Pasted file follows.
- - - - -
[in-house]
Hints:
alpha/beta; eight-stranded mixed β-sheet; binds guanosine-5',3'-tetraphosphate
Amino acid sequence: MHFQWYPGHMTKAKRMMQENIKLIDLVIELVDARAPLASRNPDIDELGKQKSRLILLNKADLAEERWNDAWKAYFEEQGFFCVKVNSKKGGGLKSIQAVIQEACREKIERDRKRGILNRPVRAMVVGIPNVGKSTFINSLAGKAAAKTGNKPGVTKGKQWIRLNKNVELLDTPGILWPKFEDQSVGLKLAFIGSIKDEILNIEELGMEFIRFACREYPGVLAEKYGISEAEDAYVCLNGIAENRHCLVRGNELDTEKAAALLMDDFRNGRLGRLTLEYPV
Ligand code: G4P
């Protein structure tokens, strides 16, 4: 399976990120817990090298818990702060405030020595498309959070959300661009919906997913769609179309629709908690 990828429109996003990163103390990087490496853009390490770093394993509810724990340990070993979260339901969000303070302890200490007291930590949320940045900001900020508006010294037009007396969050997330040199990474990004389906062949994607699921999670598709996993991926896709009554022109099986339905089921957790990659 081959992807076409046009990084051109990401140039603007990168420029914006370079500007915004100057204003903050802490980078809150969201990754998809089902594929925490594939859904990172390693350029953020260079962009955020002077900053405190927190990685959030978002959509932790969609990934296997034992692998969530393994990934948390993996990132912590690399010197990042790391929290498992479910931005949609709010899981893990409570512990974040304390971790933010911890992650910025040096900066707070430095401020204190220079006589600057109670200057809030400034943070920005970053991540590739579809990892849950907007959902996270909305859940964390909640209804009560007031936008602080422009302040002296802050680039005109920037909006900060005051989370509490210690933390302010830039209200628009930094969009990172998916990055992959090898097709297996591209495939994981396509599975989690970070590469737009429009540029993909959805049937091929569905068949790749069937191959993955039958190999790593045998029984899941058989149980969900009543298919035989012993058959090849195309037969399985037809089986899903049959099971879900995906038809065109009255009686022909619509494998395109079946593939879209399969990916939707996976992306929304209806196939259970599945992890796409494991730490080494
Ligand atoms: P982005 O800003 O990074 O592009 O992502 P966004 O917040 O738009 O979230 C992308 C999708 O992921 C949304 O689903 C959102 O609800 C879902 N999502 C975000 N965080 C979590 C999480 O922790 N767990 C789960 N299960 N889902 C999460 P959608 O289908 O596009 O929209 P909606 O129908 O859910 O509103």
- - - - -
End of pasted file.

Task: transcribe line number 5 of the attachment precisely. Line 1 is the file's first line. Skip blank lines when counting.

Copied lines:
Ligand code: G4P